In re.sub(), specify a regular expression pattern in the first argument, a new string in the second argument, and a string to be processed in the third argument.

import re

s = ''

print(re.sub('[a-z]*@', 'ABC@', s))

As with replace(), you can specify the maximum count of replacements in the fourth argument count.

print(re.sub('[a-z]*@', 'ABC@', s, 2))

Replace multiple substrings with the same string

The following two are useful to remember even if you are not familiar with regular expressions.

Enclose a string with [] to match any single character in it. It can be used to replace multiple different characters with the same string.

print(re.sub('[xyz]', '1', s))

If patterns are delimited by |, it matches any pattern. Of course, it is possible to use special characters of regular expression for each pattern, but it is OK even if normal string is specified as it is.

It can be used to replace multiple different strings with the same string.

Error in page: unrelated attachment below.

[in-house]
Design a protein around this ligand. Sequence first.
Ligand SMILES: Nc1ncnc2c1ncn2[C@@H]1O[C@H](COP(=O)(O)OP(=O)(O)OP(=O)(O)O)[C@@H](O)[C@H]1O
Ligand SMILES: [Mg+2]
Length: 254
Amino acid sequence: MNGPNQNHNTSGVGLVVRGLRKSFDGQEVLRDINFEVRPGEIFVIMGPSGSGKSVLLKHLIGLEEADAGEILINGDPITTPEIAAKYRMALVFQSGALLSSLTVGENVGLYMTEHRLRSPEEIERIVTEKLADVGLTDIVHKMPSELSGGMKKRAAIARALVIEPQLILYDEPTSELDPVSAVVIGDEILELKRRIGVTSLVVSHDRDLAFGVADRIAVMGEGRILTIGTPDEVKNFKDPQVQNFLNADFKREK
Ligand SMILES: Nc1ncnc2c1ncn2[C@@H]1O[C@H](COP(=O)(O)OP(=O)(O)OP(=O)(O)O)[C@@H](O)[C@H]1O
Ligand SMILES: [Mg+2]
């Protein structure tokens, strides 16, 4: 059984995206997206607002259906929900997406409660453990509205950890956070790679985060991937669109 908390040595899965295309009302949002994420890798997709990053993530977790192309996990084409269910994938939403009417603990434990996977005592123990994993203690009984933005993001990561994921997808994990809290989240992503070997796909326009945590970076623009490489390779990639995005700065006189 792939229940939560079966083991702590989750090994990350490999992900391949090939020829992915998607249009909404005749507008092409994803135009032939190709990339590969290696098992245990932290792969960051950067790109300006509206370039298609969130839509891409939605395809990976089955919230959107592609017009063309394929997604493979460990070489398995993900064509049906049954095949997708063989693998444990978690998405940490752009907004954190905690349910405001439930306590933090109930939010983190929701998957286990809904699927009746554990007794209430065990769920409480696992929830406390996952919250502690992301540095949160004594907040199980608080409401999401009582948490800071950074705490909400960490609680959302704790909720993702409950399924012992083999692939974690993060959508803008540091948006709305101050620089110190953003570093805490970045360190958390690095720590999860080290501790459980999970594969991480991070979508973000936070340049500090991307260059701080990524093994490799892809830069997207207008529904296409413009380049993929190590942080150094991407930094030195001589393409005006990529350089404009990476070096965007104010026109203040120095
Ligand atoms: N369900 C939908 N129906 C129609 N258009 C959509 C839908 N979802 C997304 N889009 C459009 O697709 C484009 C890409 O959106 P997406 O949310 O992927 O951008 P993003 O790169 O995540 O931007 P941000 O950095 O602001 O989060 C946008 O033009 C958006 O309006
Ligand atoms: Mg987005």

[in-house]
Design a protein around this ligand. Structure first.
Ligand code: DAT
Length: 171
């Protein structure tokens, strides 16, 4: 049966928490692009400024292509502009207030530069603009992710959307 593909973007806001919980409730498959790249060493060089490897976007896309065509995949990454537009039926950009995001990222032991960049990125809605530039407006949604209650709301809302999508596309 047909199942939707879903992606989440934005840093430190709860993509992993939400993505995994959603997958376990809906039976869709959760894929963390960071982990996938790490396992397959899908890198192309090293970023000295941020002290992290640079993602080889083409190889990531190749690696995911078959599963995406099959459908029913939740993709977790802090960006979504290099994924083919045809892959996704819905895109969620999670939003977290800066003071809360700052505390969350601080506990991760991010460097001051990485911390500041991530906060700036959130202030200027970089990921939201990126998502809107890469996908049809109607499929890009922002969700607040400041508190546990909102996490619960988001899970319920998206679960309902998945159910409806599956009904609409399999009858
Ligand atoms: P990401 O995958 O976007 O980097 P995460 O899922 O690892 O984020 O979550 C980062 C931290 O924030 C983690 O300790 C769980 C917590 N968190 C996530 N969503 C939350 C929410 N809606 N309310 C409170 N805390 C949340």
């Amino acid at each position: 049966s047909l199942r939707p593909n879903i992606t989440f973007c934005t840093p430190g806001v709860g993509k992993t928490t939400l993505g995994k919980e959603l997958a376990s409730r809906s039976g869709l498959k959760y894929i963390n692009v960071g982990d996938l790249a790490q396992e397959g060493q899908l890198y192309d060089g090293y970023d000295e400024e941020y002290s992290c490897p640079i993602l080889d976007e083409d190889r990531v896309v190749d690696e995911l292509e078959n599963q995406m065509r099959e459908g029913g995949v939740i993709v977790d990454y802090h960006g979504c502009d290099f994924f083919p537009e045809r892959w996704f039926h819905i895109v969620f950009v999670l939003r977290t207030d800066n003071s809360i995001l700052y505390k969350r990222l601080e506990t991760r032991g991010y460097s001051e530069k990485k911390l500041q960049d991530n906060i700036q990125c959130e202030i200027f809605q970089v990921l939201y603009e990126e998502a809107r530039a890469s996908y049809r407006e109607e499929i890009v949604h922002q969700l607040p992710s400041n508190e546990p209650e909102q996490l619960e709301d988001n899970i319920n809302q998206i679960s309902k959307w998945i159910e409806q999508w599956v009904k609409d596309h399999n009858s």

print(re.sub('aaa|bbb|ccc', 'ABC', s))

Replace using the matched part

If part of the pattern is enclosed in (), you can use a string that matches the part enclosed in () in the new string.

print(re.sub('([a-z]*)@', '\\1-123@', s))

print(re.sub('([a-z]*)@', r'\1-123@', s))

\1 corresponds to the part that matches (). If there are multiple (), use them like \2, \3 ... .

It is necessary to escape \ like \\1 in a normal string ('' or ""), but you can write \1 in a raw string (r'' or r"").

Get the count of replaced parts

re.subn() returns a tuple of the replaced string and the number of parts replaced.

t = re.subn('[a-z]*@', 'ABC@', s)
# ('', 3)

# <class 'tuple'>


# 3

Replace by position: slice

There is no method to replace the string at the specified position.

By splitting the string with a slice and concatenating them with another string, you can create a new string with the specified position replaced.

s = 'abcdefghij'

print(s[:4] + 'XXX' + s[7:])
# abcdXXXhij

The length of the string (number of characters) can be obtained with len(), so it can be written as follows:

s_replace = 'XXX'
i = 4

print(s[:i] + s_replace + s[i + len(s_replace):])
# abcdXXXhij

The number of characters does not have to match, as it just concatenates different string between the split strings.

print(s[:4] + '-' + s[7:])
# abcd-hij

It is also possible to create new string by inserting another string anywhere in the string.

print(s[:4] + '+++++' + s[4:])
# abcd+++++efghij

See the following article for details of slicing.